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Prehosp Disaster Med. 2008 Jan-Feb;23(1):63-7; discussion 68-9.

Development of an "all-hazards" hospital disaster preparedness training course utilizing multi-modality teaching.

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ER One Institute, Division of Emergency Medicine, Washington Hospital Center, Washington, DC 20010-2975 USA.



The objectives of the study were to develop and evaluate an "all-hazards" hospital disaster preparedness training course that utilizes a combination of classroom lectures, skills sessions, tabletop sessions, and disaster exercises to teach the principles of hospital disaster preparedness to hospital-based employees.


Participants attended a two-day, 16-hour course, entitled Hospital Disaster Life Support (HDLS). The course was designed to address seven core competencies of disaster training for healthcare workers. Specific disaster situations addressed during HDLS included: (1) biological; (2) conventional; (3) radiological; and (4) chemical mass-casualty incidents. The primary goal of HDLS was not only to teach patient care for a disaster, but more importantly, to teach hospital personnel how to manage the disaster itself. Knowledge gained from the HDLS course was assessed by pre- and post-test evaluations. Additionally, participants completed a course evaluation survey at the conclusion of HDLS to assess their attitudes about the course.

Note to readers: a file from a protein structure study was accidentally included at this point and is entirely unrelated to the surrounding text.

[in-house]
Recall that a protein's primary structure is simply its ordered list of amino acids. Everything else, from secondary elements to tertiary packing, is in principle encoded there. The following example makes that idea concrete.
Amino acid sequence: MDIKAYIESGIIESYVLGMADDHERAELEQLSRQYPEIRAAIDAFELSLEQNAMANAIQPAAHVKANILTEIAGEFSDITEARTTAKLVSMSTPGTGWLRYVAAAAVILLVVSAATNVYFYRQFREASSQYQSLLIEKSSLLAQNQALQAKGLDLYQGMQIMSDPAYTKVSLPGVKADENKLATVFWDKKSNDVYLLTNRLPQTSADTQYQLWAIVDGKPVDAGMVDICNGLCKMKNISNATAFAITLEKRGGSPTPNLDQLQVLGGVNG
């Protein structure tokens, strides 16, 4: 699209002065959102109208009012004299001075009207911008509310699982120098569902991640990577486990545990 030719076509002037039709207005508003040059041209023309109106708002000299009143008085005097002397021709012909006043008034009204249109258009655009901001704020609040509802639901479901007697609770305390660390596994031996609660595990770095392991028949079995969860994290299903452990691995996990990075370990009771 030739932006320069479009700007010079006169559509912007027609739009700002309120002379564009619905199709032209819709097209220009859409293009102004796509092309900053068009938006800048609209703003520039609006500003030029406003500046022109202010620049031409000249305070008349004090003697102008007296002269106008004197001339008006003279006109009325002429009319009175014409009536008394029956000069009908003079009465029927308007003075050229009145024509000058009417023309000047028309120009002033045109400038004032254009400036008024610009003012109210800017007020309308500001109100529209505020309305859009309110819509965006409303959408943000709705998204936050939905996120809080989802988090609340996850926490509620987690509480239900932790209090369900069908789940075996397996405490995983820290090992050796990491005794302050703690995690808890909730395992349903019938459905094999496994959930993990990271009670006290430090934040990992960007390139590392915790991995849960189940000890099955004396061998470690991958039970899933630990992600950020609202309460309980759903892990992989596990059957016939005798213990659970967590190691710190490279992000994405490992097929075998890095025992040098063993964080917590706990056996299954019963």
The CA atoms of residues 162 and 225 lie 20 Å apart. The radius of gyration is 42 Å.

Participants included 11 physicians, 40 nurses, 23 administrators/directors, and 10 other personnel (n = 84). The average score on the pre-test was 69.1 +/- 12.8 for all positions, and the post-test score was 89.5 +/- 6.7, an improvement of 20.4 points (p < 0.0001, 17.2-23.5). Participants felt HDLS was educational (4.2/5), relevant (4.3/5) and organized (4.3/5).


Identifying an effective means of teaching hospital disaster preparedness to hospital-based employees is an important task. However, the optimal strategy for implementing such education still is under debate. The HDLS course was designed to utilize multiple teaching modalities to train hospital-based employees on the principles of disaster preparedness. Participants of HDLS showed an increase in knowledge gained and reported high satisfaction from their experiences at HDLS. These results suggest that HDLS is an effective way to train hospital-based employees in the area of disaster preparedness.

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